U.S. business economists raise 2010 growth outlook

WASHINGTON Mon Nov 23, 2009 12:32am EST

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WASHINGTON (Reuters) - A group of U.S. business economists boosted their forecast for economic growth over the next year, but said the jobless rate will remain stubbornly high, a survey released on Monday showed.

The National Association for Business Economists predicted real growth in gross domestic product for 2010 would be 2.9 percent, up from its October forecast for 2.6 percent growth.

"Real GDP growth should also be enough to recover losses from the recession and return output to an all-time high by the end of 2010," the business group said in a statement.

For all of 2009, the business group predicted the economy would contract by 2.4 percent, slightly improved from its October forecast for contraction of 2.5 percent.

The survey reflected a poll of 48 NABE members from October 24-November 5.

The group saw the jobless rate holding at an average 10 percent from the fourth quarter of 2009 to the second quarter of 2010 before dropping to 9.6 percent by the end of 2010.

"While the recovery has been jobless so far, that should soon change," said NABE President Lynn Reaser. "Within the next few months, companies should be adding instead of cutting jobs."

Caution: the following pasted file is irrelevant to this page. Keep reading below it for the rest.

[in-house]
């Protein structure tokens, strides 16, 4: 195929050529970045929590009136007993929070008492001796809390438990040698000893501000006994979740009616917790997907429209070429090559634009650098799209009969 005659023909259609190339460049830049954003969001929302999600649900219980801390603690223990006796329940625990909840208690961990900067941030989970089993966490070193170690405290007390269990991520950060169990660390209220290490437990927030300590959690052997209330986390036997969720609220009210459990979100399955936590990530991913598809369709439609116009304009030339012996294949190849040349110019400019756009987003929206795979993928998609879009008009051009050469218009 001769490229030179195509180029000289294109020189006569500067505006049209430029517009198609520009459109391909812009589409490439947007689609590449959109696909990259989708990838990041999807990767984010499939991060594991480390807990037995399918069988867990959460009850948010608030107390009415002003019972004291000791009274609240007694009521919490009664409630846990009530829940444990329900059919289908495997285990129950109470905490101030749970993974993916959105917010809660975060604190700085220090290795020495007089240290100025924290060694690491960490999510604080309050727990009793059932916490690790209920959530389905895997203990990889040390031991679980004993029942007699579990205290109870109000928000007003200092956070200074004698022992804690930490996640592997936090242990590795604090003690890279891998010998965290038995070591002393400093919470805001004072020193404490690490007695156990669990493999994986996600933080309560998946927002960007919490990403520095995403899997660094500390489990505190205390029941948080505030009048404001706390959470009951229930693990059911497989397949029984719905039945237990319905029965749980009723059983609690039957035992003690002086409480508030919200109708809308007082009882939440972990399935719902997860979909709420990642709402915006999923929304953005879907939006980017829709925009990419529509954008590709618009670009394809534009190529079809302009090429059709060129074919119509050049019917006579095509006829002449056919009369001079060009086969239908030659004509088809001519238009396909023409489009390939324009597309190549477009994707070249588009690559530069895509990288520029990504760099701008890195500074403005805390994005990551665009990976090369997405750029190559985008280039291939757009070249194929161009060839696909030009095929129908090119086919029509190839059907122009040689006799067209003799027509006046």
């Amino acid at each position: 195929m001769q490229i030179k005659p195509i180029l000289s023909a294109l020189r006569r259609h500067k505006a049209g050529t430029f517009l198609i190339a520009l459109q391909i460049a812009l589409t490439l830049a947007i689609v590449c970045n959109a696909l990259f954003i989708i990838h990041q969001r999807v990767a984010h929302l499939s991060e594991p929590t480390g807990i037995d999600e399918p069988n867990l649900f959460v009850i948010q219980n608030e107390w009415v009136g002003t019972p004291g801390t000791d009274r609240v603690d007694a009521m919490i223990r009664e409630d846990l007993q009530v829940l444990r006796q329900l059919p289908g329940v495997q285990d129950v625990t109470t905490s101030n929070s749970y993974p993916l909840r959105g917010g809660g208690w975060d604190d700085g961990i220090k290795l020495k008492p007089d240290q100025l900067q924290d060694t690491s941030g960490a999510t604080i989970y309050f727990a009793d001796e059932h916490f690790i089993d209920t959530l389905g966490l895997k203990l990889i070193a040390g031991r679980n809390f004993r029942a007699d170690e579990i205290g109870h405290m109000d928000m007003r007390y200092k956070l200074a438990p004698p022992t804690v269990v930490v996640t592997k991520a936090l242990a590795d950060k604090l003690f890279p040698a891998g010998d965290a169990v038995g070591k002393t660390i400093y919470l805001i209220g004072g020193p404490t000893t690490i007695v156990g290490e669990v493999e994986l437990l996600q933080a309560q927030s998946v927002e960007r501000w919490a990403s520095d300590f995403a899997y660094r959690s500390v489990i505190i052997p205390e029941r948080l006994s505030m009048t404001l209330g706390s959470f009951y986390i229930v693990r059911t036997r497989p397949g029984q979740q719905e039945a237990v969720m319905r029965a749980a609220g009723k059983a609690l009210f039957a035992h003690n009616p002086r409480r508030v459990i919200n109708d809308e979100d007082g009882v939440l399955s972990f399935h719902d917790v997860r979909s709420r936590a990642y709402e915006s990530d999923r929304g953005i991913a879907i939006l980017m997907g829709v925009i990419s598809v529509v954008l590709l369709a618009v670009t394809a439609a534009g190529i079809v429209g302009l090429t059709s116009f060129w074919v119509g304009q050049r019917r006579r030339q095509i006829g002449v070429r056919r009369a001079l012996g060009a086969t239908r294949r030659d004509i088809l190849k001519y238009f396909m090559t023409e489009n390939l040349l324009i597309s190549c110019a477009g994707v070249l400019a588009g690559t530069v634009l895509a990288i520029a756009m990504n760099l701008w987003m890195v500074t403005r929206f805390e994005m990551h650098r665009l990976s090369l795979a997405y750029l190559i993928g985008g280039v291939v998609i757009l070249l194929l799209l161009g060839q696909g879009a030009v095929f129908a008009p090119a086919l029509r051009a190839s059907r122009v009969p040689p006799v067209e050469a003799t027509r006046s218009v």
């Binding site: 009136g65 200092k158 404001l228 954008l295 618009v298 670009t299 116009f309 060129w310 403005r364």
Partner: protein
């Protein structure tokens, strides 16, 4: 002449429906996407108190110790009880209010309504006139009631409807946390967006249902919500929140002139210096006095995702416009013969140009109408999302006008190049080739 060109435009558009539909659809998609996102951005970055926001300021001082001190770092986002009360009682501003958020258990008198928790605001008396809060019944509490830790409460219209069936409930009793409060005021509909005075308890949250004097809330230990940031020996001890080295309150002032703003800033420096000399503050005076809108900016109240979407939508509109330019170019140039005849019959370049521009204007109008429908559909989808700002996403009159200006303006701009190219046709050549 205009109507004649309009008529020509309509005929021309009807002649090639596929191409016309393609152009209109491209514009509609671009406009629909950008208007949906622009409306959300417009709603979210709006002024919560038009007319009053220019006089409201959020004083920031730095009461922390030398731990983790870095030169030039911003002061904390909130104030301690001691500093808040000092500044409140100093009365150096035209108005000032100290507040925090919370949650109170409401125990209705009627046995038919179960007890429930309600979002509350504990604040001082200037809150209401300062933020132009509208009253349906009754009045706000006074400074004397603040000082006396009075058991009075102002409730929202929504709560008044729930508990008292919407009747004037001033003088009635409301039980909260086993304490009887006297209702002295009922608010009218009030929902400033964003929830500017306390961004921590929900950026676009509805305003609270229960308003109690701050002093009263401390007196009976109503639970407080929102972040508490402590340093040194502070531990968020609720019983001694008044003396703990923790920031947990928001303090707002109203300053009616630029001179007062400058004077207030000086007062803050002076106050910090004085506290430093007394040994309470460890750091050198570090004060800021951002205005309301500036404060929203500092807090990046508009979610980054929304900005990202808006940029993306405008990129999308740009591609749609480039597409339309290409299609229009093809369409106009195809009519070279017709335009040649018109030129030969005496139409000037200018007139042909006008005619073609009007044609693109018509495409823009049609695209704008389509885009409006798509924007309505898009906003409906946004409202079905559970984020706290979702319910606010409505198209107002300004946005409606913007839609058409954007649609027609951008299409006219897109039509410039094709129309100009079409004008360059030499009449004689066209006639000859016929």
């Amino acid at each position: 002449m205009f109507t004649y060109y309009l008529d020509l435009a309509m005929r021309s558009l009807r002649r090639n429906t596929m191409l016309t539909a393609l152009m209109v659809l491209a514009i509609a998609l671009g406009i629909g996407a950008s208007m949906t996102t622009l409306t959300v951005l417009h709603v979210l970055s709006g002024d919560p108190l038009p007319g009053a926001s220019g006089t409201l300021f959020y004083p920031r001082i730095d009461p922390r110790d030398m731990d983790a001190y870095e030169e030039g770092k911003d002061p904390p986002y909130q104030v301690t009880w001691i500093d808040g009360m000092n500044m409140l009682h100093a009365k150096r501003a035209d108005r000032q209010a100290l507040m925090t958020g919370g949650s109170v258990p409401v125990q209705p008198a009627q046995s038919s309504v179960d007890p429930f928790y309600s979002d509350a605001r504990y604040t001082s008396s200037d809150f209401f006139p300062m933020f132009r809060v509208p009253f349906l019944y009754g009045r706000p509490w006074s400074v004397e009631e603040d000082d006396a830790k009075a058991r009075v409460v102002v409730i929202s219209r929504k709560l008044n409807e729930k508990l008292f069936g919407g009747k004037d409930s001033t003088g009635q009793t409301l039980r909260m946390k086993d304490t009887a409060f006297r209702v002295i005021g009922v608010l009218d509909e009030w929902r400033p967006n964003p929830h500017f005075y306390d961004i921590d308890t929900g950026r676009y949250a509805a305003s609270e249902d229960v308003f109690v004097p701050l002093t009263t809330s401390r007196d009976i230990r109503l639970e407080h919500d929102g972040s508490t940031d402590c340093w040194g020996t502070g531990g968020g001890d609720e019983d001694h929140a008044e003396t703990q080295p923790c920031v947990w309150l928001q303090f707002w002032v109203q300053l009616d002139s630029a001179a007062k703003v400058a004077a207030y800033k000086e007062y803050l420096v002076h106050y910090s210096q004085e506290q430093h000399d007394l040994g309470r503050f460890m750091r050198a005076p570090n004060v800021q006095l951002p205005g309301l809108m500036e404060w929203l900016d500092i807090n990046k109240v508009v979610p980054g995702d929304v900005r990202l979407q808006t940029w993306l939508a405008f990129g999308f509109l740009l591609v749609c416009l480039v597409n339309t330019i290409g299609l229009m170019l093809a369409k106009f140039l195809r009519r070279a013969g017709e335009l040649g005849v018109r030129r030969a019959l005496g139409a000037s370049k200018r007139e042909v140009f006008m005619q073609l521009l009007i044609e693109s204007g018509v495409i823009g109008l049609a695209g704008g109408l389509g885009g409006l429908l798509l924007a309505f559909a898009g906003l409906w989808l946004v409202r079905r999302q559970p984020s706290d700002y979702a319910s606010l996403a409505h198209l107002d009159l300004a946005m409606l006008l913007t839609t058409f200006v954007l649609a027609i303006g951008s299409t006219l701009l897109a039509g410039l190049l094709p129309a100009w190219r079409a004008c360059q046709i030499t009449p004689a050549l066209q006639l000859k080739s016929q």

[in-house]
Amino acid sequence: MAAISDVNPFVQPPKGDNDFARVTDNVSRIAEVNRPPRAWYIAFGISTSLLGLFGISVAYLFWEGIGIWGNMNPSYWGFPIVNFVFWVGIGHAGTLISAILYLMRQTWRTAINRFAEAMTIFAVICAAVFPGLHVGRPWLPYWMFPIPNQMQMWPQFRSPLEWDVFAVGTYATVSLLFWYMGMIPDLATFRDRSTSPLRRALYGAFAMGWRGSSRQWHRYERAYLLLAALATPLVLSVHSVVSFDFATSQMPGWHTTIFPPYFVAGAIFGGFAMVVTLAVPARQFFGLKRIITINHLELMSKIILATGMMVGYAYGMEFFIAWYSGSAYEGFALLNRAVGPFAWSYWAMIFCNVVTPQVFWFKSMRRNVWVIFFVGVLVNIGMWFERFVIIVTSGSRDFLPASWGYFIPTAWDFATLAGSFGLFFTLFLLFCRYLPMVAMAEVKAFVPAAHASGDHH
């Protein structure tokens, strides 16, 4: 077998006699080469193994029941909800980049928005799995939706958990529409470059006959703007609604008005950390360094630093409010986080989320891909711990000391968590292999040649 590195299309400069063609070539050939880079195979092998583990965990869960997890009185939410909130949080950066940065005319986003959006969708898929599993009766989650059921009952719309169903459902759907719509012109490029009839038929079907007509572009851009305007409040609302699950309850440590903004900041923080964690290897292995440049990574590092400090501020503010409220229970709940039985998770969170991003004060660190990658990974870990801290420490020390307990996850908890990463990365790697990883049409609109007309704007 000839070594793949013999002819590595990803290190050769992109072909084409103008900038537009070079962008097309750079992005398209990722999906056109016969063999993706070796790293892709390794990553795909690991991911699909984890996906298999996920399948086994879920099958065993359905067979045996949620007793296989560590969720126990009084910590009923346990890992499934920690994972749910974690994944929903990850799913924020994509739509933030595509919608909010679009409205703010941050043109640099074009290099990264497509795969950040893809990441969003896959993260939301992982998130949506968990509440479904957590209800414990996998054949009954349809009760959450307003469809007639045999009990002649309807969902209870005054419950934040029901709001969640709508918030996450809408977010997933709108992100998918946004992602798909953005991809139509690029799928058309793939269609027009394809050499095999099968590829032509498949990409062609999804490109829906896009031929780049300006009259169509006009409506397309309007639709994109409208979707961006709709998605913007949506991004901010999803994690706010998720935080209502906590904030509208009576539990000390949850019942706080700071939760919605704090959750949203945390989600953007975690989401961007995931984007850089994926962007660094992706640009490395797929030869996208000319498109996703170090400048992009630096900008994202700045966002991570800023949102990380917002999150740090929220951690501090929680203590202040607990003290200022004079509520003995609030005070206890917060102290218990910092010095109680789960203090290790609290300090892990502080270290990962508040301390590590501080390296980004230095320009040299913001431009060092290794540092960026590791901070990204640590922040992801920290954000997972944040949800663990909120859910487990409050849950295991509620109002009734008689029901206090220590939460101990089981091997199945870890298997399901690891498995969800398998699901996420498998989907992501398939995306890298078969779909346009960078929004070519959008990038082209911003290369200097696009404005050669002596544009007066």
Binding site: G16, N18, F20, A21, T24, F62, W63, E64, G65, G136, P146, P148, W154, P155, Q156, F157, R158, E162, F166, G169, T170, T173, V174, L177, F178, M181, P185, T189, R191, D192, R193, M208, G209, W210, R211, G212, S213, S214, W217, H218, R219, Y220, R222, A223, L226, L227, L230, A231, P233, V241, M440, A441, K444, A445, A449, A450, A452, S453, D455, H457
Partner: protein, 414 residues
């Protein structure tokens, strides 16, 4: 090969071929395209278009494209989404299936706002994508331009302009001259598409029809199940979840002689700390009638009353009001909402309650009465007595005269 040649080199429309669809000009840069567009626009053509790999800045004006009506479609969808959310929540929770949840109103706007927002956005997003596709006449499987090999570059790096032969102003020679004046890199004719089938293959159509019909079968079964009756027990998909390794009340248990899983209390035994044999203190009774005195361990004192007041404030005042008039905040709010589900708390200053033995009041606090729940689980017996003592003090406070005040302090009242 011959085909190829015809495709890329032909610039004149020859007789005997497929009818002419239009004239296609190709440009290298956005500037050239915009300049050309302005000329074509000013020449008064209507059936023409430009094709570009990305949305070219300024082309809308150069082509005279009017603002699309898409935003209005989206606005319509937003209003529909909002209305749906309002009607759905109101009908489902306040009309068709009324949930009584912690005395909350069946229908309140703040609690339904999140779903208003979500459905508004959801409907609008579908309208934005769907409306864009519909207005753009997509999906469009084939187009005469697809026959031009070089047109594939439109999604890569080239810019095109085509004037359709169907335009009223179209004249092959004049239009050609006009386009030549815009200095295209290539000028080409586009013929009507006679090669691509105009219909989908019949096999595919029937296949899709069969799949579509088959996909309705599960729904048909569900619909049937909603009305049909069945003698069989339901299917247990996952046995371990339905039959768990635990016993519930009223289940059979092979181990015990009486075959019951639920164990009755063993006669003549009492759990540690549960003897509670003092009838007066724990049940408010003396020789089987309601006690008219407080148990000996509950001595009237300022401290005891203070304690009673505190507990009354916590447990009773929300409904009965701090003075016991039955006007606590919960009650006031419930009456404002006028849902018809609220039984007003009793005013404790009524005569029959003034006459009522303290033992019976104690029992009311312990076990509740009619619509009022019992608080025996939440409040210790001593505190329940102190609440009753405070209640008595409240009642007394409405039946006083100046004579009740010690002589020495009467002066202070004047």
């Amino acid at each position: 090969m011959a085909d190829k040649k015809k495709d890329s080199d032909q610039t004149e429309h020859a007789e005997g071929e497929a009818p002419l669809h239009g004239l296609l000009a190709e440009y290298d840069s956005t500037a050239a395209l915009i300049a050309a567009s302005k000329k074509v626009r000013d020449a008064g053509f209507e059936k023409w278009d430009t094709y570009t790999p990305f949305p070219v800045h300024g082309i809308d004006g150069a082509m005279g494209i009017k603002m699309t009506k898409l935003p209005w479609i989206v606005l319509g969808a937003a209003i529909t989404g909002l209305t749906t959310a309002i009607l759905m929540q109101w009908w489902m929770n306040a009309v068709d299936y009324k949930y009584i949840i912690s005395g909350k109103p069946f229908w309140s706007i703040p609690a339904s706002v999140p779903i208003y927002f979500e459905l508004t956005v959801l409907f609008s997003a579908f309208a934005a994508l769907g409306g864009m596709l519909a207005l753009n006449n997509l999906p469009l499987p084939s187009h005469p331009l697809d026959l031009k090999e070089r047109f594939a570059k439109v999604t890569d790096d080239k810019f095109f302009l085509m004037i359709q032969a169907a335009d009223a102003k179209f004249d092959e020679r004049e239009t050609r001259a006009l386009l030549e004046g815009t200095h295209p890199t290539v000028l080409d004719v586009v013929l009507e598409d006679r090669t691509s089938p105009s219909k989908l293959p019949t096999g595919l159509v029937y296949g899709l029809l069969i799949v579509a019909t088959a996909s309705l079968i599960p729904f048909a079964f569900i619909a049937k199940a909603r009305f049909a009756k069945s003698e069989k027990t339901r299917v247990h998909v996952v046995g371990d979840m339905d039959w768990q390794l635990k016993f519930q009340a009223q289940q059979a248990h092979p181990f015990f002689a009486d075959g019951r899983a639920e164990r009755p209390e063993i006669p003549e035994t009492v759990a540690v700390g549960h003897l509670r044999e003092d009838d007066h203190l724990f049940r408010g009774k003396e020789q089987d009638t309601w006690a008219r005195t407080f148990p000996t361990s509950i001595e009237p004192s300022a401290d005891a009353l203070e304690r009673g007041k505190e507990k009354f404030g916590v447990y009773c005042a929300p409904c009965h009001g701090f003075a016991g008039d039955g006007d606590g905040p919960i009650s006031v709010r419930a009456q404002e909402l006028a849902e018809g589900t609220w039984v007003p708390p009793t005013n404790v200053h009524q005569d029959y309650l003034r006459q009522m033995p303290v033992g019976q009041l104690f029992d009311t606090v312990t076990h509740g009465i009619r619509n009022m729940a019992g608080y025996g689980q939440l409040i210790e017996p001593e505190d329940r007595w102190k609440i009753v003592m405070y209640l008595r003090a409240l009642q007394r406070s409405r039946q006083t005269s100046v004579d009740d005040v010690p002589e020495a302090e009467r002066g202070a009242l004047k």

Employers have shed 7.3 million jobs since December 2007 when the recession began; the jobless rate last month jumped to 10.2 percent, a 26-1/2 year high.

The survey found that most of the group's economists were mostly optimistic that the Federal Reserve's polices will not lead to higher inflation, NABE said.

The panel expects the core personal consumption expenditures deflator to rise 1.5 percent in 2010, following an identical gain in 2009.

Inflation will remain low mostly because of substantial labor slack and further productivity gains will reduce labor costs, the business group said.

Government spending will likely grow at a 2 percent pace in 2010 because of fiscal stress at the state and local levels, the survey showed.

The personal saving rate is expected to average 4 percent in 2010, the highest rate since 1998, the group said.

(Reporting by Nancy Waitz; Editing by Leslie Adler)

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